at large” (p. 71). The more private cameos, especially the Gemma Claudia, 
illustrate themes and ideological interests similar to those on coinage and 

Ginsburg’s untimely death four years ago did not permit her to finish 
Representing Agrippina. Erich Gruen, Natalie Kampen, Elizabeth Keitel and 
Beth Severy-Hoven have added clearly marked, insightful introductions, 
conclusions and occasional references. In the overall introduction, 
however, Gruen acknowledges that a “somewhat unfinished quality remains” 
(p. 4). This is most evident in Chapter Three, “Agrippina and the Power of 
Rhetorical Stereotypes,” where G. returns to the literary evidence to 
assess the cultural assumptions that led to the powerful rhetorical 
stereotypes attached to Agrippina. With more time, G. would likely have 
edited her claims about step-mothers and the dux femina that are repeated 
from Chapter One (as well as removing repetitive statements there) and more 
fully developed her arguments to cover evidence beyond Tacitus.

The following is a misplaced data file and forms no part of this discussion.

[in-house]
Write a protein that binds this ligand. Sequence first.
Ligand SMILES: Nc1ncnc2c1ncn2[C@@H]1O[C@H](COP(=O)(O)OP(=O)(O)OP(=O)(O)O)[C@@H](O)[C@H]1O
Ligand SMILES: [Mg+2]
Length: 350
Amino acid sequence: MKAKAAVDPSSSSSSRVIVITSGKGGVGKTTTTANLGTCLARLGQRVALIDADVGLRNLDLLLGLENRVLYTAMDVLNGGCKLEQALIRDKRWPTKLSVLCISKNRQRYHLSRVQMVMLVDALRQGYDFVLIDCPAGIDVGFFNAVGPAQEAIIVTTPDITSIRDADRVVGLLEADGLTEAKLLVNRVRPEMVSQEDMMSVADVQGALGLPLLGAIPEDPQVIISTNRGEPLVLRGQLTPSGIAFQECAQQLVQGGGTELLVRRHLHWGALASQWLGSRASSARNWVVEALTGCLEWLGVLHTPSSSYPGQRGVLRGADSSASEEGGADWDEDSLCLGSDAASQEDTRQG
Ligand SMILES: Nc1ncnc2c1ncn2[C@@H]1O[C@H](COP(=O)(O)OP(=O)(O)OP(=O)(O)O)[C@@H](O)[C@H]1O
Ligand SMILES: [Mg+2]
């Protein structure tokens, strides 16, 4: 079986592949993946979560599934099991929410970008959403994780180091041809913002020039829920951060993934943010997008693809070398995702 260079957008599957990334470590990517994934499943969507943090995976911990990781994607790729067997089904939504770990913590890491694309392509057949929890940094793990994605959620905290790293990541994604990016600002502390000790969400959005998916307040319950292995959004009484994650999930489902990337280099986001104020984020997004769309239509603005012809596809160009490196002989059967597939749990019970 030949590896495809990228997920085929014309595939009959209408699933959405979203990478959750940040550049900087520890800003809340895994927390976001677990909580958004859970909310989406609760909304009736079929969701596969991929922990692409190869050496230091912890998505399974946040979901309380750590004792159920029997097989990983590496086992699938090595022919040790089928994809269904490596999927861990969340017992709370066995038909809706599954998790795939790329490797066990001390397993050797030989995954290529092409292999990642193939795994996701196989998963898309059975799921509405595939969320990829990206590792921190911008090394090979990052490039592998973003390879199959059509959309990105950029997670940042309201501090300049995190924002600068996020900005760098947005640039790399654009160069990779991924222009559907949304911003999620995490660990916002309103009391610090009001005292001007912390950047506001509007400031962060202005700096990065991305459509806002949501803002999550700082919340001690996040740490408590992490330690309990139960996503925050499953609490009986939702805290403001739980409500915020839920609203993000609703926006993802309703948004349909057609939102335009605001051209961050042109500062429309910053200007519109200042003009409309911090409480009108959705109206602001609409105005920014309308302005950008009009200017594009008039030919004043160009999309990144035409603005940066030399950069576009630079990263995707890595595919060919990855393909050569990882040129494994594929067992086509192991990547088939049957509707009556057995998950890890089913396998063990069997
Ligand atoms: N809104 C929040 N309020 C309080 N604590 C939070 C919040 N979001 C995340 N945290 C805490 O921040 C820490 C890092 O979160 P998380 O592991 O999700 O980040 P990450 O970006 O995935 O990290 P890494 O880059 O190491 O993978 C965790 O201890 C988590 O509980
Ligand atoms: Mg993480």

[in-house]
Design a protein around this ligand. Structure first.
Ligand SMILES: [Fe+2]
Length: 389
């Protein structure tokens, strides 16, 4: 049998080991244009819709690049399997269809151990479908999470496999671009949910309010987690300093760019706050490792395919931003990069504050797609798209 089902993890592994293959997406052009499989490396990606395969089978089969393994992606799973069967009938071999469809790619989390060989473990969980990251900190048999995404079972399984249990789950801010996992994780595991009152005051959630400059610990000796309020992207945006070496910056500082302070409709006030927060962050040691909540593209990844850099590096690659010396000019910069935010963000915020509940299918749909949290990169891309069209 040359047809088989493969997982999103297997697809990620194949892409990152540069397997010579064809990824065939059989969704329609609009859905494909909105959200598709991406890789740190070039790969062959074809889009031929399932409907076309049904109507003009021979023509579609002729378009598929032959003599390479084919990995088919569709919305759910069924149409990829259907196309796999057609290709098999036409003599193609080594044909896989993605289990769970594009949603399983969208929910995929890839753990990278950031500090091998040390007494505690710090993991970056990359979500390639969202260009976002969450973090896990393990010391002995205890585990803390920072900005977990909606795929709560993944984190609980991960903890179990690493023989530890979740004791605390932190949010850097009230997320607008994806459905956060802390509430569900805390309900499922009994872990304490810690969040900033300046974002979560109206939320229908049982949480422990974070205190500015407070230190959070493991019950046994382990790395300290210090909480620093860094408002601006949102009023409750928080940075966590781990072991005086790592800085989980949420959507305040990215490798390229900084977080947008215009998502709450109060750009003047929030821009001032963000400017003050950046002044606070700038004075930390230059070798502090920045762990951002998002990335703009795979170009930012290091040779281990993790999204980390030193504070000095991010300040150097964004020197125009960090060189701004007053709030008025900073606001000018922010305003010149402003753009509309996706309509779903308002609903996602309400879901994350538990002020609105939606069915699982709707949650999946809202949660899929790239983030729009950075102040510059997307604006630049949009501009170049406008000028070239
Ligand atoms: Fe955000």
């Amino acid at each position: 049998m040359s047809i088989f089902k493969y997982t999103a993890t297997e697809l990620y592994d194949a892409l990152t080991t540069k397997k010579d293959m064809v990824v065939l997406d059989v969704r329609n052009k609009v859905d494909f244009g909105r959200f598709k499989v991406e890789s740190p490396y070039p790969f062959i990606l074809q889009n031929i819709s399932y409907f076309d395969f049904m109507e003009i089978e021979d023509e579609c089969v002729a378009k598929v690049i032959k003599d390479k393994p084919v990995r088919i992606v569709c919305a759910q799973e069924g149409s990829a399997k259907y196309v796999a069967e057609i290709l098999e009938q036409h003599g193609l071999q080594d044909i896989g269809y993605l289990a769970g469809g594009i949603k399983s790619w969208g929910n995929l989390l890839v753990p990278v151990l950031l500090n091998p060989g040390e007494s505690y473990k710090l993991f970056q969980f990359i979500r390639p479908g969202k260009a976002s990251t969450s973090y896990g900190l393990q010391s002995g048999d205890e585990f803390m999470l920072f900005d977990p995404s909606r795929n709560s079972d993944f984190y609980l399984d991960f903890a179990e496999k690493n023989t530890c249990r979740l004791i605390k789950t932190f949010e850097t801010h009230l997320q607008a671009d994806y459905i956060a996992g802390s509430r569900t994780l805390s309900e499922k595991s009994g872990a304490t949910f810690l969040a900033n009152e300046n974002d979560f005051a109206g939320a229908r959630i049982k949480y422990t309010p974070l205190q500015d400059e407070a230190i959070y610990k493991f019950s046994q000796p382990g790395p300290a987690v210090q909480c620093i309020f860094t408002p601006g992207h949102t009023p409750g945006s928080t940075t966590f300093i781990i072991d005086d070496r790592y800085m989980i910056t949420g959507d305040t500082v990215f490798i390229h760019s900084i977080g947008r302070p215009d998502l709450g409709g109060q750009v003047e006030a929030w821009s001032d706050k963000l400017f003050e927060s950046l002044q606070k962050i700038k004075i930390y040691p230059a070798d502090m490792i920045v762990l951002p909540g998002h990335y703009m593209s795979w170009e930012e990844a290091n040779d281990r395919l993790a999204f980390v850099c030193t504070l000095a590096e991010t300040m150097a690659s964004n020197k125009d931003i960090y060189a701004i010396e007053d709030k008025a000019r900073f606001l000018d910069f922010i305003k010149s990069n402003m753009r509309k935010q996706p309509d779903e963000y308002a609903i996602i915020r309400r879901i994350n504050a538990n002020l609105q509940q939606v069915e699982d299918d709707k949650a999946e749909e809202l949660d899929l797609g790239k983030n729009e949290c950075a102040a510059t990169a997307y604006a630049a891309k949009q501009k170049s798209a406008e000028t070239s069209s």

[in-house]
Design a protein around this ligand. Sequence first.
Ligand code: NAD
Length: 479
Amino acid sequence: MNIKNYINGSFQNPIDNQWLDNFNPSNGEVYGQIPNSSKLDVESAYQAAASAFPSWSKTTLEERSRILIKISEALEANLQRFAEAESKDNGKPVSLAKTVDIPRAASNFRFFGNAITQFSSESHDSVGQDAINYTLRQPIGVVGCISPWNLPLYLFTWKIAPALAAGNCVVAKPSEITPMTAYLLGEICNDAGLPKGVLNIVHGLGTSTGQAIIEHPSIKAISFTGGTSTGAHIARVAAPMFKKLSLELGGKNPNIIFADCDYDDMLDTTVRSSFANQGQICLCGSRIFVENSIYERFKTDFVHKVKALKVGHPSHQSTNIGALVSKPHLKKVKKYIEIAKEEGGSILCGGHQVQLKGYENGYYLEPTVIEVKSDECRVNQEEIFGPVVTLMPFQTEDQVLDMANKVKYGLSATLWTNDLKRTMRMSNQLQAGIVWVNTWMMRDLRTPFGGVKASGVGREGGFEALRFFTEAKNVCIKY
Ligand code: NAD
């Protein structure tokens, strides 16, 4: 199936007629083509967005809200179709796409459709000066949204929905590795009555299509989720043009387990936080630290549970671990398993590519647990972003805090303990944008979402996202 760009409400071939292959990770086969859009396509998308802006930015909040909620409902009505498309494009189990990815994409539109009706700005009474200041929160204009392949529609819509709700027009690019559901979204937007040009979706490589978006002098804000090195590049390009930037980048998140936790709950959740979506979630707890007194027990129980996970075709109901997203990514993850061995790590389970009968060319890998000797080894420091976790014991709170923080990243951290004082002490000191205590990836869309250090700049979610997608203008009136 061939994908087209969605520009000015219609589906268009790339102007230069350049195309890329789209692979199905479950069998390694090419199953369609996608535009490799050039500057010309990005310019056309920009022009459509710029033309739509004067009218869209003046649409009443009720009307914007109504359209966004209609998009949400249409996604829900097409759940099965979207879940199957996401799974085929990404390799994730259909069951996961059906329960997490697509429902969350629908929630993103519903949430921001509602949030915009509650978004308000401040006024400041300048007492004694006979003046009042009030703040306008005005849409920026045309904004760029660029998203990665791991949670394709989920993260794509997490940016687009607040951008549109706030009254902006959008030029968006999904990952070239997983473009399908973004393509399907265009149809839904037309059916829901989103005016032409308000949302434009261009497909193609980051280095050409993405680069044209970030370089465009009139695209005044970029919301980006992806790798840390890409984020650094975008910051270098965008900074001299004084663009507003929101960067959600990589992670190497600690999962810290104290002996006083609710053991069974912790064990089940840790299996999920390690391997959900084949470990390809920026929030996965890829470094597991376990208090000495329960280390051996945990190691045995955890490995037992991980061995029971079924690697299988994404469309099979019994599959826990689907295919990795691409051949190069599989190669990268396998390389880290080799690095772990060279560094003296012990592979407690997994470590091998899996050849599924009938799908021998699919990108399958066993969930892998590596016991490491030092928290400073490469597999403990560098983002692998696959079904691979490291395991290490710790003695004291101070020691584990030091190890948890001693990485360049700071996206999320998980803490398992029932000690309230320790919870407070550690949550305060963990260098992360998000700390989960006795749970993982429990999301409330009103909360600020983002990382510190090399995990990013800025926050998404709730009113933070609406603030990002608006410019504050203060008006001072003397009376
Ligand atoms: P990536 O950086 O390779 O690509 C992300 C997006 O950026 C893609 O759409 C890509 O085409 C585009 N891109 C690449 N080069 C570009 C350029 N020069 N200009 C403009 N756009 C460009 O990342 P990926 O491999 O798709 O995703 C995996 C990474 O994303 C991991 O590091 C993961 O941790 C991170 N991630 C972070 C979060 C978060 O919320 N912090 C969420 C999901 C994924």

Nonetheless, what G. says is important. In fact, the juxtaposition of her 
detailed analysis of the development of the stereotypes of the saeva 
noverca, dux femina and sexual transgressor with her examination of the 
material evidence about Agrippina in Chapter Two is one of the strongest 
features of the book and makes her conclusions in both chapters even more 
convincing. In this chapter, G. shows how these negative stereotypes, 
developed during the late republic, were used in the imperial period “to 
cast opprobrium on the men with whom these women were associated and to 
discourage aristocratic and imperial women from challenging the male 
monopoly of the Roman political system” (pp. 106–7). Tacitus masterfully 
exploited the stereotypes in his criticism of the emperors linked with 
Agrippina and the political system as a whole: the dominatio that Agrippina 
gained through dubious tactics was a manifestation of a dysfunctional 
imperial regime.

In her introduction to Chapter Two, Ginsburg wrote that “the hostile 
tradition of the literary sources … continues to leave its mark on even the 
most respected scholars as they confront the Agrippina of coins, sculpture, 
and cameos” (p. 55). Now we can cast a more critical eye on the evidence of 
both media because G. has clarified the various agendas, cultural notions 
and imperial aims of those representing Agrippina.

Canisius College